5 Ways you’re hydrating wrong

Published: August 3, 2015

Taking in enough fluids seems simple, right? Just drink more water. That will help, sure, but there are probably a few hydration mistakes you’re making—without realising, you might still be dehydrating yourself unintentionally. As compiled from Women’s Health magazine and Men’s Fitness magazines, fix these 5 slip-ups to make sure you’re getting the H2O your body requires.

Drinking water during your workout, but not before

Even if you sip on something regularly while you’re at the gym, you may be prone to headaches if you haven’t hydrated ahead of time, too. You should aim to drink at least eight ounces of water about half an hour before you exercise, says New York City-based trainer Larysa DiDio, founder of PFX Fitness. Drinking during your run is definitely great, but you might be losing water as you sweat, so it’s essential to hydrate before you head out to the gym or before you indulge in physical activity like gardening.

Read: 6 ways to stay hydrated in the summer

Insisting on eight glasses a day

The Institute of Medicine, NY actually recommends 11.4 cups per day, although hydration needs vary from person to person. The exact amount of water you need is dependent on your size and weight. And since you can also get water from foods like fruits and veggies (an apple, for instance, can provide an entire cup of water), you may not need to gobble as much if you’re eating water-rich meals and snacks. In general, though, if you take your weight and divide it by two, that should give you roughly the number of ounces of water you need in a day, says Keri Gans, author of The Small Change Diet.

Avoiding drinks like coffee and tea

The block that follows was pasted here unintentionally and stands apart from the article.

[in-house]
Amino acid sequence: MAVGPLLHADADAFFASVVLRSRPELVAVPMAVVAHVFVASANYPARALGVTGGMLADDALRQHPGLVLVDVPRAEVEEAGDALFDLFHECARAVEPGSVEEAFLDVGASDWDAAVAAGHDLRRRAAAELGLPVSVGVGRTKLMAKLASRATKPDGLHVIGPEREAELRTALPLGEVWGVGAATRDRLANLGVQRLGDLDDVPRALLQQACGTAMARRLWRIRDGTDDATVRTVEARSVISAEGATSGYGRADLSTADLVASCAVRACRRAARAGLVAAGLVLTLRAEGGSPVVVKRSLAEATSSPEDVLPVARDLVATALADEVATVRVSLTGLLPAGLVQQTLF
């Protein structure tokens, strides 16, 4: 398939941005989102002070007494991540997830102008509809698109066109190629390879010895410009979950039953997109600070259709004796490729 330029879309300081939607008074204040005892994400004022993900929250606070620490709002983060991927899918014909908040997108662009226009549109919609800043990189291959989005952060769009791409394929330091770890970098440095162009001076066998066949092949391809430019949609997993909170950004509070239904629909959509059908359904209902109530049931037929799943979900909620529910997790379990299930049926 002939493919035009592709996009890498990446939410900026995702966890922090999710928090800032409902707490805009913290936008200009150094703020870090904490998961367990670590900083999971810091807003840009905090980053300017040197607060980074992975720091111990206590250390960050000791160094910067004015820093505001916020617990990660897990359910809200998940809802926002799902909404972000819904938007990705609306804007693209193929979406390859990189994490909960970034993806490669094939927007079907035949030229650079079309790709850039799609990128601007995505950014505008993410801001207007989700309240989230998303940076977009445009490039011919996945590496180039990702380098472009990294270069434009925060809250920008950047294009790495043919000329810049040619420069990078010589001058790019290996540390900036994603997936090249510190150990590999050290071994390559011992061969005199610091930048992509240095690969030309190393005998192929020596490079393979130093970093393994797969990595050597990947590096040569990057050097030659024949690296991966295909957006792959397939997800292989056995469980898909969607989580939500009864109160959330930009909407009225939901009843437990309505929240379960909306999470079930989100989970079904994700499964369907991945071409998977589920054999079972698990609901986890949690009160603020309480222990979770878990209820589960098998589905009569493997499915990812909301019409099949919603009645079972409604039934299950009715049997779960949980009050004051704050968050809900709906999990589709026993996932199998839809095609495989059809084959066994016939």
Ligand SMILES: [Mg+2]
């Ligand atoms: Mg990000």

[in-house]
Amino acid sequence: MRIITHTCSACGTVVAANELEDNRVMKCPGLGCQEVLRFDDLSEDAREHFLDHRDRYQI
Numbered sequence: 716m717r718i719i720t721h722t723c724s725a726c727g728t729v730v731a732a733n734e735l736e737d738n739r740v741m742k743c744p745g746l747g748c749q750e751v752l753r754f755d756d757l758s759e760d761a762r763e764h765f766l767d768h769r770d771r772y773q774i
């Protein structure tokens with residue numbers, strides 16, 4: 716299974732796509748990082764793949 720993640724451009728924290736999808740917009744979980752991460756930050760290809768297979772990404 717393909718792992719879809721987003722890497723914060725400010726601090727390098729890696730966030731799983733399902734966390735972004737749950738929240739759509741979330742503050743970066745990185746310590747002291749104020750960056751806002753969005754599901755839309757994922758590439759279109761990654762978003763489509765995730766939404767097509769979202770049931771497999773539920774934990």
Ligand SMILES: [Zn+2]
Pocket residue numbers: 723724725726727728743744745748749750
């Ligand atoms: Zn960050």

It’s a commonly held belief that coffee and chai are dehydrating because of their caffeine content but that’s actually a myth, says New York City-based nutritionist Lisa Cashman. “While the caffeine in coffee and tea can be a diuretic, meaning these drinks cause fluid loss—the fluid in them typically makes up for it.” So your daily morning and evening chai habit is still better than sipping on nothing. Keep in mind though, tea and coffee have far less caffeine than fizzy cold drinks, so ditch cola and grab green tea instead.

Hydrating too infrequently

If you feel thirsty, then yes, you should probably drink water. Same goes for when you’re exercising or it’s hot outside. But—contrary to common belief—these aren’t the only times when you need to rehydrate, says Gans. “You also need to hydrate while you’re sitting at your desk at work, not just at the gym,” she says. “I even have a sticky note on my computer that says, ‘Drink water’. Gans suggests sipping consistently throughout the day. If you don’t, you could set yourself up for conditions like kidney stones and chronic dehydration.

Read: Dehydration warning: Heatstroke patients lack sodium, potassium

Confusing the need for water with the need for food

Drink before you eat to make sure your hunger pangs are actually, well, hunger pangs. Many people confuse the need for water with the need for food, says Gans. She recommends eating meals and snacks as you normally would but it’s imperative to get into the habit of drinking plenty of water with them. She also suggests setting a bottle of water on your nightstand. “First thing in the morning, drink it,” says Gans. “If it’s the first thing you see, you can set yourself up with hydration for the rest of the day.” Even if you’re actually famished, make it a habit to drink a glass of water before you eat anything solid. This will reduce your appetite and prevent you from overeating.

Published in The Express Tribune, August 4th,  2015.

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